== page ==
Watching the Browns entertain their fans at the club's summer training camp the last several days conjures up disparate thoughts. One of recent vintage; the other belonging to a long-ago, golden age.
First, Browns owner Randy Lerner and club President & CEO John Collins need guide dogs if they can't see there is only one place for the club to hold its summer training camp.
They reportedly have cast covetous eyes toward the Columbus area for the team's summer training camp in the near future. Stop it, guys. Right now.
Ringing the field on three sides, the fans this past weekend poured out their joy, their passion, their unrelenting and unconditional love for their team. It is a love affair that knows no bounds.
Even when sloppiness prevailed – and there was plenty in the first couple of days – the fans (well, a great majority of them) showed patience and showered the players with words of encouragement.
Just getting football back into their lives seemed good enough. At least for the time being.
They were all there in generational fashion. Fathers and grandfathers with young sons and grandchildren – from toddlers to teenagers – eyed the action on the field intently. The young ones, many of them clinging to small footballs cradled in their arms, viewed the proceedings wide-eyed.
This is how it all starts. Fathers and sons. Cleveland Browns football. It passes from generation to generation. It is more than a love affair to many. It is a part of the fabric of their lives.
It has been that way since 1946, when the Browns were formed by businessman Arthur (Mickey) McBride.
Giving rise to the second thought.
The scene at training camp today is different than it used to be. Far different. Worlds different.
Back in their fledgling days when the Browns trained at Hiram College, they did so in relative seclusion. Enthusiasm for the team was in its infancy.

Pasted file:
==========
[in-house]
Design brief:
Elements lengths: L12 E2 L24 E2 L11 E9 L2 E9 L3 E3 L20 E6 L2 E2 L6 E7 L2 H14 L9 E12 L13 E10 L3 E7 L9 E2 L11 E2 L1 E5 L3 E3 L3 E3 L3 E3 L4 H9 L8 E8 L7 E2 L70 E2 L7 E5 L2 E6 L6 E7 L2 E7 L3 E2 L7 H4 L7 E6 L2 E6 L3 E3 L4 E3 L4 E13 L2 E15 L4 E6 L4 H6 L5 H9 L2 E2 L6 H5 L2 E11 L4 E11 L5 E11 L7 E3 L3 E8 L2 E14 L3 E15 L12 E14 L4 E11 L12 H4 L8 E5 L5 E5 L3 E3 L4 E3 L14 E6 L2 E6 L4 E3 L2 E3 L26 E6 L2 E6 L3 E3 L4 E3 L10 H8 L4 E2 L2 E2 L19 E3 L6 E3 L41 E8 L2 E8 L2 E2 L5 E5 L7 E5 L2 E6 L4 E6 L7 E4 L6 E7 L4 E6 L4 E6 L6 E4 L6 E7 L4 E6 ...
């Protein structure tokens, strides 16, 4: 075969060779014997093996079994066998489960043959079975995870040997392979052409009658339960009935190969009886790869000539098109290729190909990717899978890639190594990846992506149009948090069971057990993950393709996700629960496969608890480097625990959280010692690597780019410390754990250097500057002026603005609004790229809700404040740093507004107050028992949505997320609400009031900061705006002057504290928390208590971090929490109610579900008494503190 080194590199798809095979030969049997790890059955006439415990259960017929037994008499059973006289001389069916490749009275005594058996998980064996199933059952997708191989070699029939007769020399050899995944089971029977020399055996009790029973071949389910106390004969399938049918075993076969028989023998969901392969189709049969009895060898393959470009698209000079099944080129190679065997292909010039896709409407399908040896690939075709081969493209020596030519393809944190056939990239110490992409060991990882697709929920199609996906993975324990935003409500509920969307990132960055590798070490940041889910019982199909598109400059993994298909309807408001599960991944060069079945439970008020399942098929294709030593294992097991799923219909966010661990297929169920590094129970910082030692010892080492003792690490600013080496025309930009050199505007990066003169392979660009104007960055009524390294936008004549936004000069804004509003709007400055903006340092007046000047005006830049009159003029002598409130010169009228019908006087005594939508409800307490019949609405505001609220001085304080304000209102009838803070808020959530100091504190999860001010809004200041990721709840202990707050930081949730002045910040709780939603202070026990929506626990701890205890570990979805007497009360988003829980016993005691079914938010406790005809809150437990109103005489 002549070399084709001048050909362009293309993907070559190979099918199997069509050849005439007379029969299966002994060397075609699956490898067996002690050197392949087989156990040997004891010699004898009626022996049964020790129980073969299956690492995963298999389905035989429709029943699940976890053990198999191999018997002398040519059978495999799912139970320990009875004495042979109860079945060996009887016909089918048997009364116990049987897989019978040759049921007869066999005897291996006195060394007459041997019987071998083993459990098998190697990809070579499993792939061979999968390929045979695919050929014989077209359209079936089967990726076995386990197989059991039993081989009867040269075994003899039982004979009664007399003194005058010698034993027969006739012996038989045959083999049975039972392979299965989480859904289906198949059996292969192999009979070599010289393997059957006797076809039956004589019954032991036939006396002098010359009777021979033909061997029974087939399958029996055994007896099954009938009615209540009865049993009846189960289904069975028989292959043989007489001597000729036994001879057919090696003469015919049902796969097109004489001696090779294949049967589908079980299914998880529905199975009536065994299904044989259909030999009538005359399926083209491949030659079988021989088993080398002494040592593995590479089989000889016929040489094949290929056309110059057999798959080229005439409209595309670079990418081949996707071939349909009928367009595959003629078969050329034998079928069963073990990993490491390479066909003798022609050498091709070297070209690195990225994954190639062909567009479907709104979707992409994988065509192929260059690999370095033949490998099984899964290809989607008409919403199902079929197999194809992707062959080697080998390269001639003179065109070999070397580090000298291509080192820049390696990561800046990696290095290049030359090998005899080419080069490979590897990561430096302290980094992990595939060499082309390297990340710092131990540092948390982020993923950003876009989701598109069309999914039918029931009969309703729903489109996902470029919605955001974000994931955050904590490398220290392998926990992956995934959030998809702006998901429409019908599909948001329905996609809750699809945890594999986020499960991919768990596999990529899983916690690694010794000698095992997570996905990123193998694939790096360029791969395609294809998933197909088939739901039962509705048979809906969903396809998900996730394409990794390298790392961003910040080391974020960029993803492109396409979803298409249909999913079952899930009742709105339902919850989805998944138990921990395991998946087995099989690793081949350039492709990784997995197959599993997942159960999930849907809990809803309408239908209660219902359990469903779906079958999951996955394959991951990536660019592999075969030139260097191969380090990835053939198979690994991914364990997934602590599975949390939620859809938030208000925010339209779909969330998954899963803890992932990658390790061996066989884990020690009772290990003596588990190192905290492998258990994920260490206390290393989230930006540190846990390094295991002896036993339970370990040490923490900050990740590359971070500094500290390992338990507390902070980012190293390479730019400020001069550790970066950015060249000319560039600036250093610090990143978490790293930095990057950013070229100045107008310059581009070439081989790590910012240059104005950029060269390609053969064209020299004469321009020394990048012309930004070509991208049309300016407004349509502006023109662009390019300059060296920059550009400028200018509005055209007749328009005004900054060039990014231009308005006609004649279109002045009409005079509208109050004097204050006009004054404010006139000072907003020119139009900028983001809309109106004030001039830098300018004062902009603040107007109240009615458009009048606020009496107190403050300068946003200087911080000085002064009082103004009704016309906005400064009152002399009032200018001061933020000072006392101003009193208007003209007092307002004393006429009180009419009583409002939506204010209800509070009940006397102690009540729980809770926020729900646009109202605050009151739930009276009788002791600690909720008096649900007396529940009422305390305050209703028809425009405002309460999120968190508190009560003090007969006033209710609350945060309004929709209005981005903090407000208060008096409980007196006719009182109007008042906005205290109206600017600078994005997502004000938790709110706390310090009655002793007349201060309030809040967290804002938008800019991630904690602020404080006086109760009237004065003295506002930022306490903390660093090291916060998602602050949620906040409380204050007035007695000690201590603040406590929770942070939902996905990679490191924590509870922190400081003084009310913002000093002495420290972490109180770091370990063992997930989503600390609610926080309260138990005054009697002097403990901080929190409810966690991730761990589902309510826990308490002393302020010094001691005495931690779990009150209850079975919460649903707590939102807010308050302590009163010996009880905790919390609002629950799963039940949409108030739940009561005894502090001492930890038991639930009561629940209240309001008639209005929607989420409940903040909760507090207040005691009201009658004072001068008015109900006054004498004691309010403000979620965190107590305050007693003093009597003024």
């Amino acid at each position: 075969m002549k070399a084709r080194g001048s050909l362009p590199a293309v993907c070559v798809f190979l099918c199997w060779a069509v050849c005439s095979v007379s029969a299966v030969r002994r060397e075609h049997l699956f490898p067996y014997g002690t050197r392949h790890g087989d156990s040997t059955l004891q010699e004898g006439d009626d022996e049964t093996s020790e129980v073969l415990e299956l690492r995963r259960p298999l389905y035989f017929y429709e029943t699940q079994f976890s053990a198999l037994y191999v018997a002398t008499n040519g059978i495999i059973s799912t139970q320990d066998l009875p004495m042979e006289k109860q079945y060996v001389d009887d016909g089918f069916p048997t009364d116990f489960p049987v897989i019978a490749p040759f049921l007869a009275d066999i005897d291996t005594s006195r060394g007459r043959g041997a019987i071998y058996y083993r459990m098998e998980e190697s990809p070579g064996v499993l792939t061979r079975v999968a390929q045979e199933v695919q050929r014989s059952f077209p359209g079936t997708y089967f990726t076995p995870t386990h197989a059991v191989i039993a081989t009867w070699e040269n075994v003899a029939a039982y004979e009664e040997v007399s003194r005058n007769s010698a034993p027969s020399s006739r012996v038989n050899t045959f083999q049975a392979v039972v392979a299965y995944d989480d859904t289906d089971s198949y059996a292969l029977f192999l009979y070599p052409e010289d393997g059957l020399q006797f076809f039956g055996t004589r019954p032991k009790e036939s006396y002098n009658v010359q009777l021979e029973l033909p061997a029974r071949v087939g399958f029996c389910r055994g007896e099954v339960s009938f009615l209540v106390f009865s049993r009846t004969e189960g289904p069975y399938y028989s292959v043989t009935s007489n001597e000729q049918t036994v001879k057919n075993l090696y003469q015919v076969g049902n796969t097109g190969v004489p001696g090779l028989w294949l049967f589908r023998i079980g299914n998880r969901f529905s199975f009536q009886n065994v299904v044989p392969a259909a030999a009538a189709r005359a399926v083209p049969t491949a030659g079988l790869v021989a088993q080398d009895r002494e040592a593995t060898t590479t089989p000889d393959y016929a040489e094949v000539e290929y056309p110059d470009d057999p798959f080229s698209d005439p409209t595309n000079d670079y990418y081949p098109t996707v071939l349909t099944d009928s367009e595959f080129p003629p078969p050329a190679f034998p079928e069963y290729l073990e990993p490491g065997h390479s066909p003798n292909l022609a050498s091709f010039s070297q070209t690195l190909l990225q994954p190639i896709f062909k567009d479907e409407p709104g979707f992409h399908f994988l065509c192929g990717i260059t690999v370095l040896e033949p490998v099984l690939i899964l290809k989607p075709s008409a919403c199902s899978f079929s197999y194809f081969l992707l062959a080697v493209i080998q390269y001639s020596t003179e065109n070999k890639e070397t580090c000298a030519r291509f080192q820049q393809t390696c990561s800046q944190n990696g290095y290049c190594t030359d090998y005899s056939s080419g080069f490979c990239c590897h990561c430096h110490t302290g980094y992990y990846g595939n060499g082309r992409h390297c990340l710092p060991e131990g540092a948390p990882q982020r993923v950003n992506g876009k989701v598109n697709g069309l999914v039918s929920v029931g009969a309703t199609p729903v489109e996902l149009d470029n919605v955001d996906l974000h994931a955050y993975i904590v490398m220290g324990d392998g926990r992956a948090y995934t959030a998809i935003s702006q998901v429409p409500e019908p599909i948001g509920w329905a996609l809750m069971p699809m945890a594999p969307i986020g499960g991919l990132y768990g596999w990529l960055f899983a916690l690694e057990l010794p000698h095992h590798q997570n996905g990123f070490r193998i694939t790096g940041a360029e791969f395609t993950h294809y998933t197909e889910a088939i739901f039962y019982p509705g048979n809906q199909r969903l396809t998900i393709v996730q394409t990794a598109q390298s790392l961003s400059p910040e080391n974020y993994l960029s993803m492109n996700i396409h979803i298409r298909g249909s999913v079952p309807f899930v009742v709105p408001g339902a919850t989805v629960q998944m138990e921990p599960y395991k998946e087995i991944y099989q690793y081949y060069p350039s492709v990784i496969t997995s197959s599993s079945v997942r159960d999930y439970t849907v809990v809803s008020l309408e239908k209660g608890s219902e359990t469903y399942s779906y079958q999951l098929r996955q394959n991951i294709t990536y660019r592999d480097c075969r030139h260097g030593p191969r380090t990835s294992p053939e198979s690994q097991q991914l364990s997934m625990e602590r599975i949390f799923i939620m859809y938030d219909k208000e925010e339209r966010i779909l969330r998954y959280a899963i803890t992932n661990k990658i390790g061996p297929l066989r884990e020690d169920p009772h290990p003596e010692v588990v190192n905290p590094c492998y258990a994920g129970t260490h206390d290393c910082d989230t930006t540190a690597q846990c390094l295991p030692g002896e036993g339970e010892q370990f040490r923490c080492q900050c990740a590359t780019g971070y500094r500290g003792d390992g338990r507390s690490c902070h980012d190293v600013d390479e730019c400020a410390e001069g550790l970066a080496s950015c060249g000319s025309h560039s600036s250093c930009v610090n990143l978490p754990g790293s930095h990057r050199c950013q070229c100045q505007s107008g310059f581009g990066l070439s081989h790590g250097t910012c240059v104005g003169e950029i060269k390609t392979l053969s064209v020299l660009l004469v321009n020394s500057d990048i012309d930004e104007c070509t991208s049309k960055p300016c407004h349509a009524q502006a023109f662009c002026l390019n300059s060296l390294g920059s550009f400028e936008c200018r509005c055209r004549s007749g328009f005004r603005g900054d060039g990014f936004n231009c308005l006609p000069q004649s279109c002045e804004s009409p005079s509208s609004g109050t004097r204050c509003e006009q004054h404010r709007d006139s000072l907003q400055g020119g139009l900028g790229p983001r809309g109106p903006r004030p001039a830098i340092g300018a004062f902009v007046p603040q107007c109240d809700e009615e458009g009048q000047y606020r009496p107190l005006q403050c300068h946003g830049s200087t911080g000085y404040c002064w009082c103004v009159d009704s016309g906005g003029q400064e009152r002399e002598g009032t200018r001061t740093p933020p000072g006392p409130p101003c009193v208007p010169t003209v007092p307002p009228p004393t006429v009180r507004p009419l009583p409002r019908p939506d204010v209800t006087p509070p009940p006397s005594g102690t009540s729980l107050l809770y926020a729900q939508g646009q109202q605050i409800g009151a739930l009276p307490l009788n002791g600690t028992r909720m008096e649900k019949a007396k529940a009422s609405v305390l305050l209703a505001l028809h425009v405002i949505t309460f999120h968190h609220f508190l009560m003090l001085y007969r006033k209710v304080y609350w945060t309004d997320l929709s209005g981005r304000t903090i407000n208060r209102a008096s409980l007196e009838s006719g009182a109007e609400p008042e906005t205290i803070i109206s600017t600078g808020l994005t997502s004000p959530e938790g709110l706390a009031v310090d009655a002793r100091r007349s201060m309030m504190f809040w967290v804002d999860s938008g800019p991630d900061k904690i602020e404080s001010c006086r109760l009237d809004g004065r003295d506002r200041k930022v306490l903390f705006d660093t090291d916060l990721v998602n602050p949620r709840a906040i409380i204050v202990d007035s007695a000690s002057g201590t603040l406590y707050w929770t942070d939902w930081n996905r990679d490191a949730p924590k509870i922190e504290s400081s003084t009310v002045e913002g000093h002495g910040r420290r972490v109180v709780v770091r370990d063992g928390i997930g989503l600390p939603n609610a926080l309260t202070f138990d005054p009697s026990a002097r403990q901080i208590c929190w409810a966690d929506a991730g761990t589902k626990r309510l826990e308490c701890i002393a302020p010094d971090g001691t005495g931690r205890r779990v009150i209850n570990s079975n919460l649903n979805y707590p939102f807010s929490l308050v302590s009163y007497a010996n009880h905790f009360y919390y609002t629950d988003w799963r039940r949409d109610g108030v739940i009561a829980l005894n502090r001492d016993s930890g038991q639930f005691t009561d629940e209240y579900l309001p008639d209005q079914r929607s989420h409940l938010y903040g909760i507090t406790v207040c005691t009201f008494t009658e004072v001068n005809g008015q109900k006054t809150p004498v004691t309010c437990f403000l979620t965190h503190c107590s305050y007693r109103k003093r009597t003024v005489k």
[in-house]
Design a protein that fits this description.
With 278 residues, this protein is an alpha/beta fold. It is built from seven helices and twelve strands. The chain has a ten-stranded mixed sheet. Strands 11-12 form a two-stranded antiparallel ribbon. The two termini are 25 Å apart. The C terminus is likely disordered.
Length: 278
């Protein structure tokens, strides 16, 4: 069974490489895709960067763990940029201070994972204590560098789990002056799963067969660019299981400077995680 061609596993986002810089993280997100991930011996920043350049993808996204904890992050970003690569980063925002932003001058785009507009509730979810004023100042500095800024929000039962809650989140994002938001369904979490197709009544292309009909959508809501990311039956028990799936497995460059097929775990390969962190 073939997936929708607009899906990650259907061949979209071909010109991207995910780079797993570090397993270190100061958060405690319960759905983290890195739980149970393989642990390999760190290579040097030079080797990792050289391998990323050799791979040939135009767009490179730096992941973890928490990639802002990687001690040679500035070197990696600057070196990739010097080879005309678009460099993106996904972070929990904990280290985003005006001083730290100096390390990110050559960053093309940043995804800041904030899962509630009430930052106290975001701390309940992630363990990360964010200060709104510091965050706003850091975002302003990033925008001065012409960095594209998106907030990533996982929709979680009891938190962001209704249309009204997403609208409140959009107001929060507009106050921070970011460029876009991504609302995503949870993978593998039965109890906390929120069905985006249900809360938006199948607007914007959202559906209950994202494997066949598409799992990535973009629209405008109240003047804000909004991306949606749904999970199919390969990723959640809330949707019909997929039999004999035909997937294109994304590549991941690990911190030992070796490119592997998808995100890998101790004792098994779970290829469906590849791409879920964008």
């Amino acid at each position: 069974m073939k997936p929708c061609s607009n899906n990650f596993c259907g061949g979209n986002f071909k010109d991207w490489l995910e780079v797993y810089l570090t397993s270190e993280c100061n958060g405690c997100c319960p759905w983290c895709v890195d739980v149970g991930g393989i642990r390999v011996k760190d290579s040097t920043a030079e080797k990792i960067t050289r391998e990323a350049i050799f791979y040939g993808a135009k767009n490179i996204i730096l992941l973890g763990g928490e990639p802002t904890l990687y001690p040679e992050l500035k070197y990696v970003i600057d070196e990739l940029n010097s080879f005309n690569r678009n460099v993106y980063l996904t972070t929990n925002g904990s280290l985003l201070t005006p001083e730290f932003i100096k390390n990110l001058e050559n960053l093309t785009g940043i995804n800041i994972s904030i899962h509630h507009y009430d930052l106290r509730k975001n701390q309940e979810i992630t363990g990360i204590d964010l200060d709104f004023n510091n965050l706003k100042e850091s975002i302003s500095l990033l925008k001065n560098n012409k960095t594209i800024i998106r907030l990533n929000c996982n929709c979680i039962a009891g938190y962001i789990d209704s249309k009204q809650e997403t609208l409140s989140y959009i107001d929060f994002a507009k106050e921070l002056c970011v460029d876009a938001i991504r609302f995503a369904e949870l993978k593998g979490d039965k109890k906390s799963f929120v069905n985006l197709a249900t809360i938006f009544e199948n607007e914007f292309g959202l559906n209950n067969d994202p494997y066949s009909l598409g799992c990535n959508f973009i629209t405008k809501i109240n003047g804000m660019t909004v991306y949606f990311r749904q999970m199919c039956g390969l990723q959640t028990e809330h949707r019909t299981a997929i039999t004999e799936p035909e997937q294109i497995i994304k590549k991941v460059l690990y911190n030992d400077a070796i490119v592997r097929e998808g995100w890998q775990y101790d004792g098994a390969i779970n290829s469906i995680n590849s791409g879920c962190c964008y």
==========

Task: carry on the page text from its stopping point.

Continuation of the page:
The little pastoral town of Hiram, about 35 miles southeast of Cleveland, housed the Browns for many summers after a brief stay at Bowling Green University. Coach Paul Brown loved the rural setting for his team.
The atmosphere was completely different. It was casual to a fault. A few people would drop by practice, joining the three or four newspapermen assigned to cover the team.
It also wasn't unusual to drop in on a Browns practice in Hiram and see reporters within yards of the players. Sometimes close enough to hear quarterback Otto Graham call the play in the huddle.
It must have worked because the Browns won championship after championship back then.
Training camp was so laid back, Brown sometimes would invite reporters to join in a film session to give them a better understanding of what the Browns tried to do and why. The man was a teacher.
Can you imagine Bill Belichick or Romeo Crennel or Bill Parcells – or any coach for that matter – doing something like that today with all the saturation coverage?
Unfortunately, that has changed dramatically over the years. Professional football has become big business.
A normal media turnout these days includes numerous television and radio stations, a large number of newspaper reporters, Web site reporters and occasional drop-ins from the national media.
Nothing wrong with that. But in many ways, it impersonalizes the event. There's almost too much.
That's because we live today in a society that wants – and needs – to know it all. It starves. It craves. Every last detail. Can't get enough of the Browns.
In many ways, the yearning for the good, old days is tough to fight off.
But it is what it is and some day, today will be the good, old days.